Example. 1. We can apply this result to the example above. Let {[1, 1, 0], [1, 0, 1], [2, 1, 1]}

be three, 3-dimensional vectors.

1 1 2

1 0 1 = 1(0 − 1) − 1((1 − 0) + 2(1 − 0) = −1 − 1 + 2 = 0.

0 1 1

Since the determinant is zero, the set of vectors are not linearly indepen-

dent.

2. Consider the set {[1, −1, 1], [1, 0, 1], [1, 1, 2]}.

1 1 1

−1 0 1 = 1(0 − 1) − 1((−1)(2) − (1)(1)) + 1((−1)(1) − 0) = 1 6= 0.

1 1 2

Since the determinant is non-zero, the set of vectors are linearly indepen-

dent.

Definition. We say that 2 vectors are orthogonal if they are perpendicular

to each other. i.e. the dot product of the two vectors is zero.

Definition. We say that a set of vectors {~v1 , ~v2 , ..., ~vn } are mutually or-

thogonal if every pair of vectors is orthogonal. i.e.

1 √1 1

√

Example. The set of vectors 0 , 2 , − 2 is mutually

−1 1 1

orthogonal.

√

(1, 0, −1).(1, 2, 1) = 0

√

(1, 0, −1).(1, − 2, 1) = 0

√ √

(1, 2, 1).(1, − 2, 1) = 0

magnitude 1 and the set of vectors are mutually orthogonal.

1 √1 1

√

~v1 = 0 , ~v2 = 2 , ~v3 = − 2

−1 1 1

are mutually orthogonal. The vectors however are not normalized (this term

is sometimes used to say that the vectors are not of magnitude 1). Let

√

1 1/ 2

~v1 1

~u1 = = √ 0 = 0√

|~v1 | 2 −1 −1/ 2

√1 √1/2

~v2 1

~u2 = = 2 = 2/2

|~v2 | 2

1 1/2

1

√ 1/2

√

~v3 1

~u3 = = − 2 = − 2/2

|~v3 | 2

1 1/2

6.4 Gram-Schmidt Process

Given a set of linearly independent vectors, it is often useful to convert them

into an orthonormal set of vectors. We first define the projection operator.

~u is defined as folows:

(~v .~u)

Proj~u~v = ~u.

|~u|2

1 1

Example. Consider the two vectors ~v = and ~u = .

1 0

These two vectors are linearly independent.

However they are not orthogonal to each other. We create an orthogonal

vector in the following manner:

~v1 = ~v − (Proj~u~v )

(1)(1) + (1)(0) 1 1

Proj~u~v = √ = (1)

2

( 1 +0 ) 2 2 0 0

1 1 0

~v1 = − (1) =

1 0 1

Let v1 , v2 , ..., vn be a set of n linearly independent vectors in Rn . Then we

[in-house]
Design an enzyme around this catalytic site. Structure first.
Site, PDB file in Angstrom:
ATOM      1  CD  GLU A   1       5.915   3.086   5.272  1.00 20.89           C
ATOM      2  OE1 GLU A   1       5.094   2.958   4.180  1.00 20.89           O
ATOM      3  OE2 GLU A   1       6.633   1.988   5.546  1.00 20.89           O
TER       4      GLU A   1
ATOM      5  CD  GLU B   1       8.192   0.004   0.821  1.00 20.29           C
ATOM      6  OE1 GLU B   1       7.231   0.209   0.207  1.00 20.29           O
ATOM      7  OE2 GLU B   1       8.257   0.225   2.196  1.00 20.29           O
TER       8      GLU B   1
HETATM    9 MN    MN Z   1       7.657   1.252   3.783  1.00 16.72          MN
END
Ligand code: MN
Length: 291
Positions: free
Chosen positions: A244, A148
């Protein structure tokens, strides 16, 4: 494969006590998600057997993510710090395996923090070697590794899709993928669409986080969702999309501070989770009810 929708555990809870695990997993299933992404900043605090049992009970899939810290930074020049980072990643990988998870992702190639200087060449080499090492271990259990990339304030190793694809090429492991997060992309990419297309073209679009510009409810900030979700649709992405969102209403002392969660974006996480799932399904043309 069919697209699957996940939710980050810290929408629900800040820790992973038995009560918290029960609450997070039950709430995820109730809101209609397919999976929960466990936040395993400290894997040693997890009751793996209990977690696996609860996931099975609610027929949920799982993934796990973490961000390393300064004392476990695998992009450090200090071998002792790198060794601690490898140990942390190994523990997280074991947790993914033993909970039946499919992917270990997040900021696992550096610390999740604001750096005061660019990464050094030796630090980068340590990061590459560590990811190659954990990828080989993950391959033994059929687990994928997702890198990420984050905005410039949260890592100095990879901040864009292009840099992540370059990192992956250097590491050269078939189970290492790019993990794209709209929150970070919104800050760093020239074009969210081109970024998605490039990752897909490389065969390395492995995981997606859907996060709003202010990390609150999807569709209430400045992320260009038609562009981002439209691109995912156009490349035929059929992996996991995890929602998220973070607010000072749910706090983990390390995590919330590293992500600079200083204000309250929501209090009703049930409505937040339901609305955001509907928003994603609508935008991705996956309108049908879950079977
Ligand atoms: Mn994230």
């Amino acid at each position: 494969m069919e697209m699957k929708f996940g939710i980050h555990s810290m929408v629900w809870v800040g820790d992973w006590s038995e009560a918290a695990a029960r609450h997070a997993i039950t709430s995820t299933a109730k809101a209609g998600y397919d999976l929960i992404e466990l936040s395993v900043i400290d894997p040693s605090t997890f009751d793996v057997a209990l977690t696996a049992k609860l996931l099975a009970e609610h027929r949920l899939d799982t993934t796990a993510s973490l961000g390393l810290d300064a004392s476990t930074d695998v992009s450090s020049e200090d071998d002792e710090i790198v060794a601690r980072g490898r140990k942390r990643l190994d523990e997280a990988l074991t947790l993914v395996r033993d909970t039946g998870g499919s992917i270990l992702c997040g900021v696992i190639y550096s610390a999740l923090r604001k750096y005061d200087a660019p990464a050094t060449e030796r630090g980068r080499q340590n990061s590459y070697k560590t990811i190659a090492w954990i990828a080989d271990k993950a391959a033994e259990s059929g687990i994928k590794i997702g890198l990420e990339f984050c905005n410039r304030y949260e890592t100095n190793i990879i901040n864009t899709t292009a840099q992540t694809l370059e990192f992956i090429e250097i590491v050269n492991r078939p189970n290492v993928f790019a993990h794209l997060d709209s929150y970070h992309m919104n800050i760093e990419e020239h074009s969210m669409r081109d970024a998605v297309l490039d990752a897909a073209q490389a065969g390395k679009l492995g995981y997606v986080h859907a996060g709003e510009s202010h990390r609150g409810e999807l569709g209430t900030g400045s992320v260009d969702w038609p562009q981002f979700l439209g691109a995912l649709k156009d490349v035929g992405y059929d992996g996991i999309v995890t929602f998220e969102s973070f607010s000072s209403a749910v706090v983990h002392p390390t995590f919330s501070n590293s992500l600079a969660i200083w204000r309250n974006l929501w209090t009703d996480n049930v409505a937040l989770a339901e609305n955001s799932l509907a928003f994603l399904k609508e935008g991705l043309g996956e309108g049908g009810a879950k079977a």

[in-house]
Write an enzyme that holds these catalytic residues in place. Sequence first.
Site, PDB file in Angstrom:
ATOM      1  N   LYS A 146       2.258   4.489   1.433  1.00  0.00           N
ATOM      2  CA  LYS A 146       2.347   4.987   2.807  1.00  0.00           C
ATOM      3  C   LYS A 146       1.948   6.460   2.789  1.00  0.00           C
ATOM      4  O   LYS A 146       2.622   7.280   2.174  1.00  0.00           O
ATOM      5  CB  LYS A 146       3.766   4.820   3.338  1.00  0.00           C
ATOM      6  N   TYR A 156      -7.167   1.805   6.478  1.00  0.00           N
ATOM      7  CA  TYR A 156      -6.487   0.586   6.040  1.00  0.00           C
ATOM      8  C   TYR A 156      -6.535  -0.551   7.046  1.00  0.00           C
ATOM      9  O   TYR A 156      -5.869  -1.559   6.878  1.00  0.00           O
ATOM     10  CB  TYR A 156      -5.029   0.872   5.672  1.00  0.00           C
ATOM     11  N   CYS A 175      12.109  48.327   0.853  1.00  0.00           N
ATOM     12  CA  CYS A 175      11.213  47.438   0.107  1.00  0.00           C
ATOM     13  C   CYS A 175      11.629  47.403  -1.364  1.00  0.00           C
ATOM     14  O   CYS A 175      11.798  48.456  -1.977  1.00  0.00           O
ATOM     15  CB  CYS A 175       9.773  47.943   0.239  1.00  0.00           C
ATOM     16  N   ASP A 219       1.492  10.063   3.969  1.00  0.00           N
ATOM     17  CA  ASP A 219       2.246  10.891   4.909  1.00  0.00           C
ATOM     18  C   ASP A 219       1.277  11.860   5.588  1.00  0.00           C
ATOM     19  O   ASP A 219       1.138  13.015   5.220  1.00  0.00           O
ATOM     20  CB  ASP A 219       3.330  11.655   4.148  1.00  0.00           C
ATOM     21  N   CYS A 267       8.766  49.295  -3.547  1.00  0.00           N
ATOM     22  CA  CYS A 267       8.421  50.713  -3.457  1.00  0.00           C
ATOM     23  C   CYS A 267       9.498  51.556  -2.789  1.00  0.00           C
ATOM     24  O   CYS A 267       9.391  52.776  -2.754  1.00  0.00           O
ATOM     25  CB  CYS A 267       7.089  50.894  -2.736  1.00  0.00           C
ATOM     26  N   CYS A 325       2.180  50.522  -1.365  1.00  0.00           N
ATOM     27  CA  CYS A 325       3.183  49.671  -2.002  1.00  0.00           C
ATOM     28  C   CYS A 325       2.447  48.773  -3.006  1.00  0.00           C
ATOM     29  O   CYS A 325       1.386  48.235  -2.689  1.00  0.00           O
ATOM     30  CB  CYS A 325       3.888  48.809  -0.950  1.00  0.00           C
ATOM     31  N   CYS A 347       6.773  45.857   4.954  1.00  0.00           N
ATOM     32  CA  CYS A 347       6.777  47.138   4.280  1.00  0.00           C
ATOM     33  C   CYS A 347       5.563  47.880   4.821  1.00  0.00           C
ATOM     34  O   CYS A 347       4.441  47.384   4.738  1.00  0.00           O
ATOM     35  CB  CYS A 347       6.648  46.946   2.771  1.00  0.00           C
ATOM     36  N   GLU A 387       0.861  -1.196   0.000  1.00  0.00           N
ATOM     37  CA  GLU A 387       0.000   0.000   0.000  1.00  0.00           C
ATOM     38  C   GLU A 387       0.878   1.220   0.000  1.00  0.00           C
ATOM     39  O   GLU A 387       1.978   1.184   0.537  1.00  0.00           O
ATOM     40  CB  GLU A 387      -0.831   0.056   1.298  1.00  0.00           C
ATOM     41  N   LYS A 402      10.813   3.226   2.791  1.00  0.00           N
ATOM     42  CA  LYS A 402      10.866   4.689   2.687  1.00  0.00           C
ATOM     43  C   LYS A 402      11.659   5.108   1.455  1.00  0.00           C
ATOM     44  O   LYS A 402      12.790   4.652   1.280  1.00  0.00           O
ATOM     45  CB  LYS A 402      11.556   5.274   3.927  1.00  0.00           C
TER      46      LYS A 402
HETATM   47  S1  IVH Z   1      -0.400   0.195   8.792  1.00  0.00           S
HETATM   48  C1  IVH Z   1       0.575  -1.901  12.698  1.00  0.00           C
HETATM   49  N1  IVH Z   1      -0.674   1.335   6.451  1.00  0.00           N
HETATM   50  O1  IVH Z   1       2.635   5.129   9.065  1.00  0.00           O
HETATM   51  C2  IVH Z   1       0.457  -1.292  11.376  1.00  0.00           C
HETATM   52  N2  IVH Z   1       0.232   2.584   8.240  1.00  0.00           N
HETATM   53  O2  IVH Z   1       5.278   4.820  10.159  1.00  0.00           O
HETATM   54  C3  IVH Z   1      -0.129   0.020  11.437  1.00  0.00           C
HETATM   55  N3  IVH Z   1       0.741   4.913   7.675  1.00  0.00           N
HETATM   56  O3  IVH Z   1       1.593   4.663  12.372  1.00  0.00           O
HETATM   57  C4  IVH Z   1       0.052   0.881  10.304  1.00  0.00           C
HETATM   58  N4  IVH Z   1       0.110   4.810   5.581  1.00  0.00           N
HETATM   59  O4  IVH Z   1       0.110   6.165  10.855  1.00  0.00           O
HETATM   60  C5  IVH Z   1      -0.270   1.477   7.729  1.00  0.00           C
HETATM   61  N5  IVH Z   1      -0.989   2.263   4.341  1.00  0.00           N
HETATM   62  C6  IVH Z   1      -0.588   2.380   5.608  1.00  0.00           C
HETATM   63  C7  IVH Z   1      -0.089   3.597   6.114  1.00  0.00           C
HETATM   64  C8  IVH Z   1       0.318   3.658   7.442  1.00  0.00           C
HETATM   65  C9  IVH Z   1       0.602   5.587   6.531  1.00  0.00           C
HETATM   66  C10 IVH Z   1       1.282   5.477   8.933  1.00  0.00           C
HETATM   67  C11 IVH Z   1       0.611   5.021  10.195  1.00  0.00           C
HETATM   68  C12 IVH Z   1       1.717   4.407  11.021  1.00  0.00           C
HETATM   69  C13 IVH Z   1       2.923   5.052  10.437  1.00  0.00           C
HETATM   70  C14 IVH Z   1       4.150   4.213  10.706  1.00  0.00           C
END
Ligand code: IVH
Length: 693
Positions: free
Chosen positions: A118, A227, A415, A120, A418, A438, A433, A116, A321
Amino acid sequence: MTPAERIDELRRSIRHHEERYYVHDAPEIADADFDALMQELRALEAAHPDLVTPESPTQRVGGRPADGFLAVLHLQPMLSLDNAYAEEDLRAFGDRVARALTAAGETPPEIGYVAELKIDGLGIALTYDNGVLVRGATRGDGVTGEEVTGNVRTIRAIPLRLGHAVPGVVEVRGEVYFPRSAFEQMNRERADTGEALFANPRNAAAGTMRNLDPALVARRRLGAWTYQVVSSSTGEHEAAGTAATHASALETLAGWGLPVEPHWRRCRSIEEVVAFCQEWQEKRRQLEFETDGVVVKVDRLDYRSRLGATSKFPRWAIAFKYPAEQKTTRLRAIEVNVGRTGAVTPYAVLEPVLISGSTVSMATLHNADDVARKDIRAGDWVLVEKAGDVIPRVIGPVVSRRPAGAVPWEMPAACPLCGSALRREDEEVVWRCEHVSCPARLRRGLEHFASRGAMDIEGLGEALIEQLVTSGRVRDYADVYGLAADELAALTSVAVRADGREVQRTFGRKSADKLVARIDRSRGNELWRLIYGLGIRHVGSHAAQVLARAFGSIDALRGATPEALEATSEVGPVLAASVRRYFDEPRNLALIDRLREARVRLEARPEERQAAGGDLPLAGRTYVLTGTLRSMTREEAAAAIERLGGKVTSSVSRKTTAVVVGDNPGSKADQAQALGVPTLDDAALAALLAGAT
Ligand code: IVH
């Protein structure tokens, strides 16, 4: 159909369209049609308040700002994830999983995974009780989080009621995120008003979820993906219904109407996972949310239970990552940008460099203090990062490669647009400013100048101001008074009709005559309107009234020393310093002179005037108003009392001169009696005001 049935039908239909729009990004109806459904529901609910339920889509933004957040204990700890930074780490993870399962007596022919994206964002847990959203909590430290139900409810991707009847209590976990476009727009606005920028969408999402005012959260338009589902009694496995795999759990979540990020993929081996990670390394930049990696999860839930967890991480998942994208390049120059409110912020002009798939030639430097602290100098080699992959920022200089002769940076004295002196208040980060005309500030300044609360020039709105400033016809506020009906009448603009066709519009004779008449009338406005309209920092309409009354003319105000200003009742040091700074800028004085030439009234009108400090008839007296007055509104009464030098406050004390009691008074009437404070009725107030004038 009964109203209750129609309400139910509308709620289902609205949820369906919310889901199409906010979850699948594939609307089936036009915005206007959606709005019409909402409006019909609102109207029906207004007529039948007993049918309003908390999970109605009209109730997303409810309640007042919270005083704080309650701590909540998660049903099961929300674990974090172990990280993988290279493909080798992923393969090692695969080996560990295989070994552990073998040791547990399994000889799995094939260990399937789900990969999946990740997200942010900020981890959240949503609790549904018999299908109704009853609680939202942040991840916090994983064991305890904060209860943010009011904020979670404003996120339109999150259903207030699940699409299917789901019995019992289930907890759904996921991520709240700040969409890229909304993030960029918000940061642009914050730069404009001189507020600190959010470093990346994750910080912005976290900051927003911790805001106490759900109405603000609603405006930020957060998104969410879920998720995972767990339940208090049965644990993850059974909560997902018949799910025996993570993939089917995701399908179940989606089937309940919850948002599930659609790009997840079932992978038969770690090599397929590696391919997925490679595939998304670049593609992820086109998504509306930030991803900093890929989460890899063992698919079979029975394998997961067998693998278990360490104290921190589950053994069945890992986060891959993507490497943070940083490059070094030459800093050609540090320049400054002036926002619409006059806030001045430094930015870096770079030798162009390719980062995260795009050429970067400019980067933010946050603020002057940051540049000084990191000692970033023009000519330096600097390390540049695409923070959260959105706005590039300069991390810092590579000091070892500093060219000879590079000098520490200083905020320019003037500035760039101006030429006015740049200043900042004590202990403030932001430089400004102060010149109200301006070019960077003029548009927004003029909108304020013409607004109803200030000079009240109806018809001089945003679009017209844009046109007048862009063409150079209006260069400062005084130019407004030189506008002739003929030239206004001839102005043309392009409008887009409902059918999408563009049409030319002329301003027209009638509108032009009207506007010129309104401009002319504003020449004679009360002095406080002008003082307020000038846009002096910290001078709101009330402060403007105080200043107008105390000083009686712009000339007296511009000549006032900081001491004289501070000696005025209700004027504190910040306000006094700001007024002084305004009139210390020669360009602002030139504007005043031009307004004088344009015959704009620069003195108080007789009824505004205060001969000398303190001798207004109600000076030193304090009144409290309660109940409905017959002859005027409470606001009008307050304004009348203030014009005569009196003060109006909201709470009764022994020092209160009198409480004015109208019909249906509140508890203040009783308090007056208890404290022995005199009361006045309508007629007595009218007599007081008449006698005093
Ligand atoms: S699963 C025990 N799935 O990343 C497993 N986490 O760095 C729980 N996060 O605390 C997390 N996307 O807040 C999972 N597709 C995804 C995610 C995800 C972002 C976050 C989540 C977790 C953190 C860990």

can construct an orthonormal set of vectors as follows:

~

u1

Step 1. Let ~u1 = ~v1 . ~e1 = |~

u1 |

.

~

u2

Step 2. Let ~u2 = ~v2 − Proj~u1 ~v2 . ~e2 = |~

u2 |

.

~

u3

Step 3. Let ~u3 = ~v3 − Proj~u1 ~v3 − Proj~u2 ~v3 . ~e3 = |~

u3 |

.

~

u4

Step 4. Let ~u4 = ~v4 − Proj~u1 ~v4 − Proj~u2 ~v4 − Proj~u3 ~v4 . ~e4 = |~

u4 |

.

•

Example. We will apply the Gram-Schmidt algorithm to orthonormalize

the set of vectors

1 1 1

~v1 = −1 , ~v2 =

0 , ~v3 =

1 .

1 1 2

To apply the Gram-Schmidt, we first need to check that the set of vectors

are linearly independent.

1 1 1

−1 0 1 = 1(0 − 1) − 1((−1)(2) − (1)(1)) + 1((−1)(1) − 0) = 1 6= 0.

1 1 2

Therefore the vectors are linearly independent.

Gram-Schmidt algorithm:

Step 1. Let

1

~u1 = ~v1 = −1

1

1

~u1 1

~e1 = = √ −1 .

|~u1 | 3 1

Step 2. Let

~u2 = ~v2 − Proj~u1 ~v2

1 1

(1, 0, 1).(1, −1, 1) = 2 −1

Proj~u1 ~v2 = −1

12 + (−1)2 + 12 3

1 1

1 1

~u2 = 0 − 2 −1

3

1 1

1/3

= 2/3

1/3

1/3

~u2 3

~e2 = = √ 2/3 .

|~u2 | 6 1/3

Step 3. Let

1 1

(1, 1, 2).(1, −1, 1) 2

Proj~u1 ~v3 = 2 2 1

−1 = −1

1 + (−1) + 1 3

1 1

1/3 1/3

(1, 1, 2).(1/3, 2/3, 1/3) 5

Proj~u2 ~v3 = 2/3 = 2/3

(1/3)2 + (2/3)2 + (1/3)2 2

1/3 1/3

1 1 1/3

2 5

~u3 = 1 − −1 − 2/3

3 2

2 1 1/3

−1/2

= 0

1/2

√ −1/2

~u3

~e3 = = 2 0 .

|~u3 |

1/2

Example. Consider the vectors {[3, 0, 4], [−1, 0, 7], [2, 9, 11]} Check that the

vectors are linearly independent and use the Gram-Schmidt process to find

orthogonal vectors.

Ans. {[3, 0, 4], [−4, 0, 3], [0, 9, 0]} Check that the vectors are mutually orthog-

onal.

Summary

We assume ~v1 , ~v2 , ~v3 are vectors and a, b, c are real numbers for this summary.